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Old 02-03-2019, 07:10 PM
 
Location: Turn right at the stop sign
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As others have stated, the assassination of Franz Ferdinand did not, in and of itself, cause the war in Europe or make it inevitable. Nor did the issuance on July 5, 1914 of the infamous "blank cheque" of unconditional German support for Austrian action against Serbia increase the likelihood of war either. Instead, it was the decision on July 7th by the Russian government, via their Foreign Minister Sergei Sazanov, to threaten war against Austria should they undertake military action against Serbia. This single event took things from what could have (and probably should have) been a limited, localized war and pushed it toward a full scale war in Europe.

There were multiple reasons why Russia decided to take such a bold step. First and foremost was national pride. Their disastrous showing against the Japanese in 1905 had made their military capabilities suspect and Russia was eager to show that the bear still had teeth. Then there was the issue of Russia having set itself up as the great protector of the Slavic people of Europe. Nevermind this was largely just lip service to cover for their use of Serbia as both a military pawn and extension of Russian influence in the Balkans. There was also a "personal" element involved dating back to the formal annexation of Bosnia by Austria on October 6, 1908. In September, the Austrian and Russian Foreign Ministers had met to discuss the issue of Bosnia. The Russians left the meeting believing they had the following deal in place: Russia would support Austria's annexation of Bosnia. In exchange, Austria would fully back Russia's bid to rescind an agreement from 1841 which forbade foreign warships from sailing through the Turkish straits. This was critical for Russia because it would at last allow their Black Sea Fleet to freely pass, thus giving Russia the ability to extend their power into the Mediterranean. When Austria publicly announced the Bosnian annexation before Russia had the opportunity to sound out the French and British on the subject of the Straits, the Russians felt betrayed and threatened war. However Russia, still struggling to rebuild after the 1905 war, was forced to back off after Germany threw her support behind Austria. This permanently soured Russian-Austrian relations as well as negatively impacting Russia's relationship with Germany.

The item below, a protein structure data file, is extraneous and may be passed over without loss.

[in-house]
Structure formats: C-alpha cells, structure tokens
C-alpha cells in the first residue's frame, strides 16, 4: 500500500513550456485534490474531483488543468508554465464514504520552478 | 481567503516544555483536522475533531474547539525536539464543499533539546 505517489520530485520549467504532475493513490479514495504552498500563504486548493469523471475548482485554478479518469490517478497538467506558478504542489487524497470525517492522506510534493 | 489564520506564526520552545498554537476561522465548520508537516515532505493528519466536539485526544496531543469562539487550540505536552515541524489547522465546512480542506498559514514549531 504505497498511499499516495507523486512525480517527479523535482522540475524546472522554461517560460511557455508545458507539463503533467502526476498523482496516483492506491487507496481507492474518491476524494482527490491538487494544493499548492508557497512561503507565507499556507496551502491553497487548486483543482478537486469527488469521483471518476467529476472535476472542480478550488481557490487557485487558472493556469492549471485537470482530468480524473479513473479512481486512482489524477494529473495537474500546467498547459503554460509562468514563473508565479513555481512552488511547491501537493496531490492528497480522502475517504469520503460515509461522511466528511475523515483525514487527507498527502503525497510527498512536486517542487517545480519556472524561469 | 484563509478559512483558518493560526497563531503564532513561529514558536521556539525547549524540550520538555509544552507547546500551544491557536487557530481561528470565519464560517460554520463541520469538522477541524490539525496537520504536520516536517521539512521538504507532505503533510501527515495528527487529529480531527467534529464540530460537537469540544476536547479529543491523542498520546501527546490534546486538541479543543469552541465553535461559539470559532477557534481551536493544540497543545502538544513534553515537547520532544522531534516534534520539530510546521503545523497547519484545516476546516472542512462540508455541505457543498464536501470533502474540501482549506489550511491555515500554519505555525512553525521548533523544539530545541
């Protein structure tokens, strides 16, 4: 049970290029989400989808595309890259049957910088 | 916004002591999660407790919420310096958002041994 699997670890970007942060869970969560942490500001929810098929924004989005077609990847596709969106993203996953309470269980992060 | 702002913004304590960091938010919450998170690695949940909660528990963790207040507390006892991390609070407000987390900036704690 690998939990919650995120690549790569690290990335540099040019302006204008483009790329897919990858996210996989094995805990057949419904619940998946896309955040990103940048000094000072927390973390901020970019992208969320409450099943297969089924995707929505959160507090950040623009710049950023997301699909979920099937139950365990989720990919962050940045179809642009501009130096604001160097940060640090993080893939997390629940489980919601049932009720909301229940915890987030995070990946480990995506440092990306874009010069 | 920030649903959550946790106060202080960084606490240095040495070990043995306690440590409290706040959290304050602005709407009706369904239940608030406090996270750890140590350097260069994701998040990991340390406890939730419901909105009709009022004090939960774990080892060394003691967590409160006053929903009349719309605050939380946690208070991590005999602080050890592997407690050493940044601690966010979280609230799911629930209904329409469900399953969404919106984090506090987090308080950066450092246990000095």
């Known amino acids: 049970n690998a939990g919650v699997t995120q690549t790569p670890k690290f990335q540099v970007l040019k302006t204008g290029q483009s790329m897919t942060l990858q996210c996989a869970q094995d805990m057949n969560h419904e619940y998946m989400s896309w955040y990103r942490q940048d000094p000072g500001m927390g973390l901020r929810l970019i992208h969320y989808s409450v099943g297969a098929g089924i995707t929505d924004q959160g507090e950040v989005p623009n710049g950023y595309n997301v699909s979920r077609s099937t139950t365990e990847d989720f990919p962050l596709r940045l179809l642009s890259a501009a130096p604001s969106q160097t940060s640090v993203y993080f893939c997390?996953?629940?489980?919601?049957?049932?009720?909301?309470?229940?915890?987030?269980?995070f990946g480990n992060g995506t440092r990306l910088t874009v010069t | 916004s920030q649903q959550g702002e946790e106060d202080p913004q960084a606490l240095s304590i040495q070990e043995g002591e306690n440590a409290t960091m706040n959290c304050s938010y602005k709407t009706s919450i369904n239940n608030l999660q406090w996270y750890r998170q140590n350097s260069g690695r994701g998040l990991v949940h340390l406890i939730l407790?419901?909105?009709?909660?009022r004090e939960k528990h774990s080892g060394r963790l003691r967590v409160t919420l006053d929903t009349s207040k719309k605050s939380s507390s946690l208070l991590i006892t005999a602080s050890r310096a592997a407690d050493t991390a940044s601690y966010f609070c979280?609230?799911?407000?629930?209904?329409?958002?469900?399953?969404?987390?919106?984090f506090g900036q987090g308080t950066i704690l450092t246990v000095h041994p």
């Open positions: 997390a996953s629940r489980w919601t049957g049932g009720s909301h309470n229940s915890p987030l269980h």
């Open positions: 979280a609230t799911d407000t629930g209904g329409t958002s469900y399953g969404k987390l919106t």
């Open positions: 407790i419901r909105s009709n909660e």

And it is the latter point regarding the Straits, or more specifically the Ottoman Empire itself, that best explains Russia's decision to suddenly talk tough. As is well known, the Ottoman Empire had been in a state of serious decline for decades and the Great Powers had all done their part to either keep the tottering relic from catastrophic collapse or hasten its demise. When the Ottomans barely survived destruction during the First Balkan War of 1912, Russia viewed this as an opportunity to realize a foreign policy dream that dated back to the last century; the capture of Constantinople (or Tsargrad as they referred to it) and control of the Turkish Straits. Once these two prizes were in hand, Russia would, by default, become the preeminent power in the Balkans. But there had always been a problem with this scenario. As Russian general Rostislav Fedeyev famously wrote in 1870, "the road to Constantinople lies through Vienna", meaning, in simple terms, that the Balkans were just as strategically and economically important to Austria as to Russia, so to think Austria would sit by and let Russia have its way and not put up a fight was unrealistic. And with Germany and Austria having grown even closer after the Bosnian annexation, the road to Constantinople could now be said to run through Vienna and Berlin.